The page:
Although an increasing number of studies project large economic costs of climate inaction, G20 nations still account for 78% of global greenhouse gas (GHG) emissions and remain collectively not on track to meet their Paris Agreement commitments. Studies also show that effective implementation of climate policies can unlock potential economic, social, and environmental benefits. However, serious climate action is still viewed as a costly option and awaits adequate integration into economic planning and development strategies. The current COVID-19 pandemic adds economic and social challenges, while paradoxically offering an opportunity to align recovery plans with long-term climate objectives. G20 nations, as the world’s leading group, are expected by the rest of the international community not only to pioneer ambitious climate action but also to support less developed countries through finance, technology transfer, and capacity building. In this policy brief, we consider key policy options that support sustainable, climate-resilient economic growth and recovery in G20 countries, while considering the heterogeneity of climate impacts and opportunities across G20 members.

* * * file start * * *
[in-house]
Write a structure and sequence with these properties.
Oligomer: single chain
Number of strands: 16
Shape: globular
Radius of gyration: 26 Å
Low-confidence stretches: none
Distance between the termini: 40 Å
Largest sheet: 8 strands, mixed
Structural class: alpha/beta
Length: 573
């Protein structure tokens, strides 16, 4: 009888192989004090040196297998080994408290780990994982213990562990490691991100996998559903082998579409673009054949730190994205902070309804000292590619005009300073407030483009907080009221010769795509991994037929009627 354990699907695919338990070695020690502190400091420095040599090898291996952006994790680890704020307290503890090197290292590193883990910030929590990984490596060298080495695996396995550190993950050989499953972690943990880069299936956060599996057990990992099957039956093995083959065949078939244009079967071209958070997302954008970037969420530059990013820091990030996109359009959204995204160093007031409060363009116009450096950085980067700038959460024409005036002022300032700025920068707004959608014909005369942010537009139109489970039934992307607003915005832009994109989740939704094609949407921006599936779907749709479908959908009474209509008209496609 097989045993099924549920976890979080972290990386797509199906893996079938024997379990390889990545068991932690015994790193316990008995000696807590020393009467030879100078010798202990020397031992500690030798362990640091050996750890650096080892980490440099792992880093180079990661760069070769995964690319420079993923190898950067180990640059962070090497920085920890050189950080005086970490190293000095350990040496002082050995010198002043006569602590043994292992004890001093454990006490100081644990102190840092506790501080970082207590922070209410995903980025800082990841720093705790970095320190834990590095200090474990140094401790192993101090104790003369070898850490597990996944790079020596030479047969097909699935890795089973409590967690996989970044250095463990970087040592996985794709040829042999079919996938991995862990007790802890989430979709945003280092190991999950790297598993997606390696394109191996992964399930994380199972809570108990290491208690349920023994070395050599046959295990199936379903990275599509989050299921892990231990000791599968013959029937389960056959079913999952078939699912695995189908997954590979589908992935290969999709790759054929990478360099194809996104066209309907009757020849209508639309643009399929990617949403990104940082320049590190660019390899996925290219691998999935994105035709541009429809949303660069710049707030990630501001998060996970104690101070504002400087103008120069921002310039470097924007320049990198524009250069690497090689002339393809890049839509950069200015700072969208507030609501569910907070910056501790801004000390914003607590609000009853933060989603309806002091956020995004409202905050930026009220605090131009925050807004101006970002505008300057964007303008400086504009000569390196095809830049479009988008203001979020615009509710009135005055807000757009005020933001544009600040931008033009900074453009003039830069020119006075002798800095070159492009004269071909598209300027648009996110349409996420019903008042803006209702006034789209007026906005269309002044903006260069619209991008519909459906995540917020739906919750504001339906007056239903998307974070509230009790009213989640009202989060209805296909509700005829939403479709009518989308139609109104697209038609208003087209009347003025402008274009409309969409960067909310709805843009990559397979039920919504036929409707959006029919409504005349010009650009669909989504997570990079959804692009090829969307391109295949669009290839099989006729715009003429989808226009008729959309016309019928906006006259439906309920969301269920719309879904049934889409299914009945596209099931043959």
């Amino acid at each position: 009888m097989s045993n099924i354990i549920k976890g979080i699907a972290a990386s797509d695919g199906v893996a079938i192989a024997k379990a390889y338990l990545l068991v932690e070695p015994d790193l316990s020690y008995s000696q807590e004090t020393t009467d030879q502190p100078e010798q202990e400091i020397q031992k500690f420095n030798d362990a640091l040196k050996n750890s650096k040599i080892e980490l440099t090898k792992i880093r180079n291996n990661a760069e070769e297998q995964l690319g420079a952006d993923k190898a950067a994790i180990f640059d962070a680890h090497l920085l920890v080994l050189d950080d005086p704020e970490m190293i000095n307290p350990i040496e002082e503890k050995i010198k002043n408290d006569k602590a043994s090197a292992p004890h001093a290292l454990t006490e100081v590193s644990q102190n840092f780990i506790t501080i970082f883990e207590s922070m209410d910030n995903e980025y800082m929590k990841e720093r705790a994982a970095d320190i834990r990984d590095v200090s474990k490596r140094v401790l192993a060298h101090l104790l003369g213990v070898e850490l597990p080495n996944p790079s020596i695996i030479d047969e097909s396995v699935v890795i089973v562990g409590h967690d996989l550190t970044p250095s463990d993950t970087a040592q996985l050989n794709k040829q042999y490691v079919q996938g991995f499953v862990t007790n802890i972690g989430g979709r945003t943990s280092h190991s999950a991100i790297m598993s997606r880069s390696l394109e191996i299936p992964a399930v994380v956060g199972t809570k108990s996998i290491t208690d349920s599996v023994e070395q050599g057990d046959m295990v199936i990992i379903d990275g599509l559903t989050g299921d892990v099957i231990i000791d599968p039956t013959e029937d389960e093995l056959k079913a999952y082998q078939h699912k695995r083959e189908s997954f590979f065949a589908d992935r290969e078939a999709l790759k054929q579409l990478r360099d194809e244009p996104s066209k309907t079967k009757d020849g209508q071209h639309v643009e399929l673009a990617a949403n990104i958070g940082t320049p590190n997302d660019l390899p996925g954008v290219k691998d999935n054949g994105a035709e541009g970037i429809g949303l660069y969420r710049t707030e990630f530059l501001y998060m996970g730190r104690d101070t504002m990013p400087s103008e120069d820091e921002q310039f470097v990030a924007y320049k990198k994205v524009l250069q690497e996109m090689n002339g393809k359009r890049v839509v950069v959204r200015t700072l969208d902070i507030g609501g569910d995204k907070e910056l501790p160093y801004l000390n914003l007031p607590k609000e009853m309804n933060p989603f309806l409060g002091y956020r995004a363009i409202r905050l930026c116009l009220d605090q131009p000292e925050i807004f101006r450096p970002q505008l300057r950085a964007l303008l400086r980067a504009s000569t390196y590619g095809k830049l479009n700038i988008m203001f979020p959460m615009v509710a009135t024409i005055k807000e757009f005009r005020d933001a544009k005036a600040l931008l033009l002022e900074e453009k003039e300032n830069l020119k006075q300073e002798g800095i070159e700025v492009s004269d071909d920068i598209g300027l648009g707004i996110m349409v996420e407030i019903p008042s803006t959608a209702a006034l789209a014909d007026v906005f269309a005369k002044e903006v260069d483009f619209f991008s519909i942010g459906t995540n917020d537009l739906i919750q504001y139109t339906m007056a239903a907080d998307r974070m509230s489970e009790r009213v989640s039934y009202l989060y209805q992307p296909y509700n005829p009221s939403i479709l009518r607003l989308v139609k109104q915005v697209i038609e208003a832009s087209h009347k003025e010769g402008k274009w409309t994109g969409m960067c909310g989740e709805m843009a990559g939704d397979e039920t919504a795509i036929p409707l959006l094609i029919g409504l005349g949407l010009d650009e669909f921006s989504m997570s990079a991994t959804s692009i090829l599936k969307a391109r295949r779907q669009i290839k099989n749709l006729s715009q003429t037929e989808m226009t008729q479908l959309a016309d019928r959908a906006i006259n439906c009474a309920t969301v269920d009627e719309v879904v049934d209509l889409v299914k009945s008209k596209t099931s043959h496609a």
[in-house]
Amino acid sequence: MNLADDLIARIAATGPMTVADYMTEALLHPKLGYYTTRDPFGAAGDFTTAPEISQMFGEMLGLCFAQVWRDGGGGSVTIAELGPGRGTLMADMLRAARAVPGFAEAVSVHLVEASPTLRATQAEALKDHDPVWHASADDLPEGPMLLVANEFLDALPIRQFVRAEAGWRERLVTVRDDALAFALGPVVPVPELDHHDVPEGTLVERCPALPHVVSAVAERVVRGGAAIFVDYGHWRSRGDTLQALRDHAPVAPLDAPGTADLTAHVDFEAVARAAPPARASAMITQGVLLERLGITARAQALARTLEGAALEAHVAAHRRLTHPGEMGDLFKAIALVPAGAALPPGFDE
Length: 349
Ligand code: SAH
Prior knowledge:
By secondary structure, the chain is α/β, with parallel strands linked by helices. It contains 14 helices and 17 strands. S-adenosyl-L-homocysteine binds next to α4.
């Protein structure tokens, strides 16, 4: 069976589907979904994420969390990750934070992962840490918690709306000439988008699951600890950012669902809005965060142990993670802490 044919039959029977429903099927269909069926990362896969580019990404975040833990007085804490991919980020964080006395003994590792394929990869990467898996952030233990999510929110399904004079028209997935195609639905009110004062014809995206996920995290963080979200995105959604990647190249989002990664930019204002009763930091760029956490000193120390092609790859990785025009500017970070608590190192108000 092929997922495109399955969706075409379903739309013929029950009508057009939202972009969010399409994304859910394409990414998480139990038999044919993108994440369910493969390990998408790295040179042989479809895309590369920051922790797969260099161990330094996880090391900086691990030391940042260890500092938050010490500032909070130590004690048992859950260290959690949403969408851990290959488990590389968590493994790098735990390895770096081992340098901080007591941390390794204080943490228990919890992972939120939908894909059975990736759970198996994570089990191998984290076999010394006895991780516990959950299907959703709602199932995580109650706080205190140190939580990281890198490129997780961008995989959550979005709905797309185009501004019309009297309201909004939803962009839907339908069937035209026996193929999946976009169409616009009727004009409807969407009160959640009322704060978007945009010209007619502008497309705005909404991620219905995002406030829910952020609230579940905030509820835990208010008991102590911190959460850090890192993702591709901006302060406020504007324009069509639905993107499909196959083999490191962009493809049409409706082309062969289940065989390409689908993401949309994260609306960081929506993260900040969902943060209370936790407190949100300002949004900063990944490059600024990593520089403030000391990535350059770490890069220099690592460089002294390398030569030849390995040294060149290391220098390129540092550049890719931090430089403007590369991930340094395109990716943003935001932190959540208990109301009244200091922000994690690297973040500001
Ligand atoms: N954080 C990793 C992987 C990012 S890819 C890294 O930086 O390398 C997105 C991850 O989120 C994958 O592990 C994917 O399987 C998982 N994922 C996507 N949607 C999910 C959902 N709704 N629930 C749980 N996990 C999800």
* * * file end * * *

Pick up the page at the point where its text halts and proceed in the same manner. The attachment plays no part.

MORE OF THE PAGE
Former Research Associate Aisha’s research interests focus on the environment, energy policy and climate economics and policies. She obtained her Ph.D. at Imperial… Aisha’s research interests focus on the environment, energy policy and climate economics and policies. She obtained her Ph.D. at Imperial College's Centre for Environmental Policy. Her thesis focused on policies and challenges for renewable energy adoption in oil-producing countries. Following her Ph.D., Aisha pursued her postdoctoral research at the London School of Economics and Political Science's Middle East Centre, working on assessing the economic implications of climate change in the GCC. She also joined the Arab Gulf States Institute in Washington, studying the challenges and opportunities for aligning climate policies with economic diversification strategies in Saudi Arabia, Oman and the UAE. Before joining KAPSARC, Aisha worked at Georgetown University's Center for Contemporary Arab Studies as a visiting scholar.